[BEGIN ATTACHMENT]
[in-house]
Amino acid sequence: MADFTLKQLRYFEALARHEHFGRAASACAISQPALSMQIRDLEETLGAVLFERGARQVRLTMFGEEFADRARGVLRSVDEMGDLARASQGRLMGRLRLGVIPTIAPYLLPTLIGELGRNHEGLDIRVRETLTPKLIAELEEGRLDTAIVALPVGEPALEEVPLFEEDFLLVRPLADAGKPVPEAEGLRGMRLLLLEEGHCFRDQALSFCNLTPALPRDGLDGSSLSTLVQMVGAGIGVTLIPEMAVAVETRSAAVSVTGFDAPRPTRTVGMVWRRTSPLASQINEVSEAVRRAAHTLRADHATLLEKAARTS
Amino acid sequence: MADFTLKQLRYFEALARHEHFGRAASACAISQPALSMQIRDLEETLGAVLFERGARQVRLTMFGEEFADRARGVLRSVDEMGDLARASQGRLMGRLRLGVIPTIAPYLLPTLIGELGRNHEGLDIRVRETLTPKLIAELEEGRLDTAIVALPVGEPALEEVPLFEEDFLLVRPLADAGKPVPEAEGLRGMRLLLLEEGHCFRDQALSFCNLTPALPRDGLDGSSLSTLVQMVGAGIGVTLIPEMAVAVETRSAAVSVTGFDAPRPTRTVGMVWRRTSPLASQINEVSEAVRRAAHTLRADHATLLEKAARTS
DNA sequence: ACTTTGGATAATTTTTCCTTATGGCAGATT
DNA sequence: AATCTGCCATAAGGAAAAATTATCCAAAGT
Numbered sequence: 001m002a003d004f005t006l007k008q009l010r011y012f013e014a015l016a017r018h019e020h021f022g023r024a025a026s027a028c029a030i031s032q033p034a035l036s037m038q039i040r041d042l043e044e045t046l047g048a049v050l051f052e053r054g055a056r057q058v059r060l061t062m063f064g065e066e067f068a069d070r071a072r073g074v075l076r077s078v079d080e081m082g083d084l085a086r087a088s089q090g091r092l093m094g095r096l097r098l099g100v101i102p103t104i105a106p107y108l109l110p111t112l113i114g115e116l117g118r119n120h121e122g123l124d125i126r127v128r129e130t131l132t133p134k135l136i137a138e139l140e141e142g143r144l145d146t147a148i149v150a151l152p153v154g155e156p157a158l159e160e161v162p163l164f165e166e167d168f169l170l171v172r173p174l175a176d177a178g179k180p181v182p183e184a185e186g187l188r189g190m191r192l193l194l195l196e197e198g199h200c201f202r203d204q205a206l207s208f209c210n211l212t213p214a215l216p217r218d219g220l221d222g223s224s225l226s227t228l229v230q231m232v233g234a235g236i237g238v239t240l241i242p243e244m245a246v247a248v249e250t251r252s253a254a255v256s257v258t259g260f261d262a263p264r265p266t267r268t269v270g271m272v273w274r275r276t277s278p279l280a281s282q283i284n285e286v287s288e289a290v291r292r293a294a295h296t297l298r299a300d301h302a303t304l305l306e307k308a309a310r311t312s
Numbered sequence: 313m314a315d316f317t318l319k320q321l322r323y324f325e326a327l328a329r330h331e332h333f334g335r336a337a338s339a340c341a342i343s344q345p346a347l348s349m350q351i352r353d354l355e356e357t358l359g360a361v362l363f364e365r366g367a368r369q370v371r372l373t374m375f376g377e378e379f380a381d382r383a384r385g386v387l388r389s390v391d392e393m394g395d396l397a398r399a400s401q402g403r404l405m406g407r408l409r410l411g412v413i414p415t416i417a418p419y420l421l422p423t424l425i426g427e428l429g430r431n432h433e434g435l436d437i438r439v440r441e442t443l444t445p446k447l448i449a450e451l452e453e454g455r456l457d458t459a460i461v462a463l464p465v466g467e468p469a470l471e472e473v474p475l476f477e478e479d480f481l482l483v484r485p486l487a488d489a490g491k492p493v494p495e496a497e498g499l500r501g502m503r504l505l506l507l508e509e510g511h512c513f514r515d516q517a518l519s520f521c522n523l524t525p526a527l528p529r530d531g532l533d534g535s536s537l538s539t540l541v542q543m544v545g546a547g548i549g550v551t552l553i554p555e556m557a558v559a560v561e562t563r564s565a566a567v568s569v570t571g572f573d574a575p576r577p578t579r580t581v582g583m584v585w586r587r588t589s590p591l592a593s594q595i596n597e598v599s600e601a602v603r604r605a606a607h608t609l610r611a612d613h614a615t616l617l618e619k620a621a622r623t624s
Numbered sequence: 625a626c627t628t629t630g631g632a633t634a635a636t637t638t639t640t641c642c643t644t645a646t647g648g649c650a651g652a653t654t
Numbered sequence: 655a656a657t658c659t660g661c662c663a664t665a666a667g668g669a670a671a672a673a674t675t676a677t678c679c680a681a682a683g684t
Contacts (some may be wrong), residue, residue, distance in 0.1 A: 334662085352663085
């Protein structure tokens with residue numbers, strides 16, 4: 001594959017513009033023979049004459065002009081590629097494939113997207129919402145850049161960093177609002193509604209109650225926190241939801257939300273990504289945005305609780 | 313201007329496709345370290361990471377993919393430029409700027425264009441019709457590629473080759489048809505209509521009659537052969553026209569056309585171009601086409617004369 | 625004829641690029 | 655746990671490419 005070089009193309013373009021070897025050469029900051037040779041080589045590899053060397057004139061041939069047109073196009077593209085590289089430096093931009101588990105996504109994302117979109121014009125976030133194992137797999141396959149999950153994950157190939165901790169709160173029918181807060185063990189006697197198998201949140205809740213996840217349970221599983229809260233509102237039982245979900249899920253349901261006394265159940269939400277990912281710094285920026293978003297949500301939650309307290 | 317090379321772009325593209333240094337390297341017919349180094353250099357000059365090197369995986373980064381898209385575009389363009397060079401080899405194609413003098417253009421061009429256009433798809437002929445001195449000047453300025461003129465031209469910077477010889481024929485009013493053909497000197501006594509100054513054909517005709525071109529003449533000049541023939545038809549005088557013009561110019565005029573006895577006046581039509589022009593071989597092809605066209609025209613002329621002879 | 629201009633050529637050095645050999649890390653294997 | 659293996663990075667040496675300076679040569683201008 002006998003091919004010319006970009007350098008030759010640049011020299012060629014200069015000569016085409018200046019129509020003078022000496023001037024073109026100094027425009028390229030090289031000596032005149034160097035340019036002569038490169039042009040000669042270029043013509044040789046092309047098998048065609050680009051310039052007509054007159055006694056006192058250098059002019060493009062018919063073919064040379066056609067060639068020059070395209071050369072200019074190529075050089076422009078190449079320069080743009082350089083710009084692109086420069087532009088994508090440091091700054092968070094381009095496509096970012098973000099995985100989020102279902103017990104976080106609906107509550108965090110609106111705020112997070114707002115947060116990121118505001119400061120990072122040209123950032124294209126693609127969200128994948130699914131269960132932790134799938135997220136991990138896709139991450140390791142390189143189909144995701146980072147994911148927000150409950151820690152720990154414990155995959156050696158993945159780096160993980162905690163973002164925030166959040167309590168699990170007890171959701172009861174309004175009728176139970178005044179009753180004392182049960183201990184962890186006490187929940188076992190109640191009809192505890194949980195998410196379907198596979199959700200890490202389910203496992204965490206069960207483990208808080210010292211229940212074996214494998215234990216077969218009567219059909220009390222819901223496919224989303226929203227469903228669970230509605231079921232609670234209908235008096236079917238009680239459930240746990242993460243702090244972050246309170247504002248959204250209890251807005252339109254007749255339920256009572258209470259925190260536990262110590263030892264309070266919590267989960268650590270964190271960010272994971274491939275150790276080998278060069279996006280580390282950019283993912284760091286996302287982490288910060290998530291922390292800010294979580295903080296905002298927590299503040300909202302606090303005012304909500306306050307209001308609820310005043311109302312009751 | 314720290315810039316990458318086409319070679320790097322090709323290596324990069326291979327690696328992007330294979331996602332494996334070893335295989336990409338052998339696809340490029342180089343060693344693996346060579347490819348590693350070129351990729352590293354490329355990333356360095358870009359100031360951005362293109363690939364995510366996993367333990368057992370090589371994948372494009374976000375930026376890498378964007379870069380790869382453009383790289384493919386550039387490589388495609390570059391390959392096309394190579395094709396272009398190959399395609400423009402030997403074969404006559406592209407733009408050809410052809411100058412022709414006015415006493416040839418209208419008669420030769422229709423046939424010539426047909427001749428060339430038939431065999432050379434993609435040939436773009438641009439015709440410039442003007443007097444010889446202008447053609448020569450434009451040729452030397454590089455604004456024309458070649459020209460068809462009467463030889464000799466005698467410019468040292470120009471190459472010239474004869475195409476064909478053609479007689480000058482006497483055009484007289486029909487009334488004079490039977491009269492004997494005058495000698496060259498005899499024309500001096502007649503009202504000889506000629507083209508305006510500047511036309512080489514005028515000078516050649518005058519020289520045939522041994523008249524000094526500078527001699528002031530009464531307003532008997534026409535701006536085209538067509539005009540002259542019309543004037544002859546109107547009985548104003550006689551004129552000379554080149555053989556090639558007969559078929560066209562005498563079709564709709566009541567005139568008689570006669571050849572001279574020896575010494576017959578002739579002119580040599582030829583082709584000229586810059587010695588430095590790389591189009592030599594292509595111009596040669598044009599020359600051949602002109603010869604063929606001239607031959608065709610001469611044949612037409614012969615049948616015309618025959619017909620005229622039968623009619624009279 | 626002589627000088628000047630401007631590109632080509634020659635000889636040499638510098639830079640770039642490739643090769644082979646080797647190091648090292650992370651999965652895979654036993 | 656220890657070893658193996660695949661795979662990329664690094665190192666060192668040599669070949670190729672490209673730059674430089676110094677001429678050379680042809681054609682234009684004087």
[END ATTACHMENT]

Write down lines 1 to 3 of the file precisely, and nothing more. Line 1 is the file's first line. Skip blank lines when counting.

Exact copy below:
[in-house]
Amino acid sequence: MADFTLKQLRYFEALARHEHFGRAASACAISQPALSMQIRDLEETLGAVLFERGARQVRLTMFGEEFADRARGVLRSVDEMGDLARASQGRLMGRLRLGVIPTIAPYLLPTLIGELGRNHEGLDIRVRETLTPKLIAELEEGRLDTAIVALPVGEPALEEVPLFEEDFLLVRPLADAGKPVPEAEGLRGMRLLLLEEGHCFRDQALSFCNLTPALPRDGLDGSSLSTLVQMVGAGIGVTLIPEMAVAVETRSAAVSVTGFDAPRPTRTVGMVWRRTSPLASQINEVSEAVRRAAHTLRADHATLLEKAARTS
Amino acid sequence: MADFTLKQLRYFEALARHEHFGRAASACAISQPALSMQIRDLEETLGAVLFERGARQVRLTMFGEEFADRARGVLRSVDEMGDLARASQGRLMGRLRLGVIPTIAPYLLPTLIGELGRNHEGLDIRVRETLTPKLIAELEEGRLDTAIVALPVGEPALEEVPLFEEDFLLVRPLADAGKPVPEAEGLRGMRLLLLEEGHCFRDQALSFCNLTPALPRDGLDGSSLSTLVQMVGAGIGVTLIPEMAVAVETRSAAVSVTGFDAPRPTRTVGMVWRRTSPLASQINEVSEAVRRAAHTLRADHATLLEKAARTS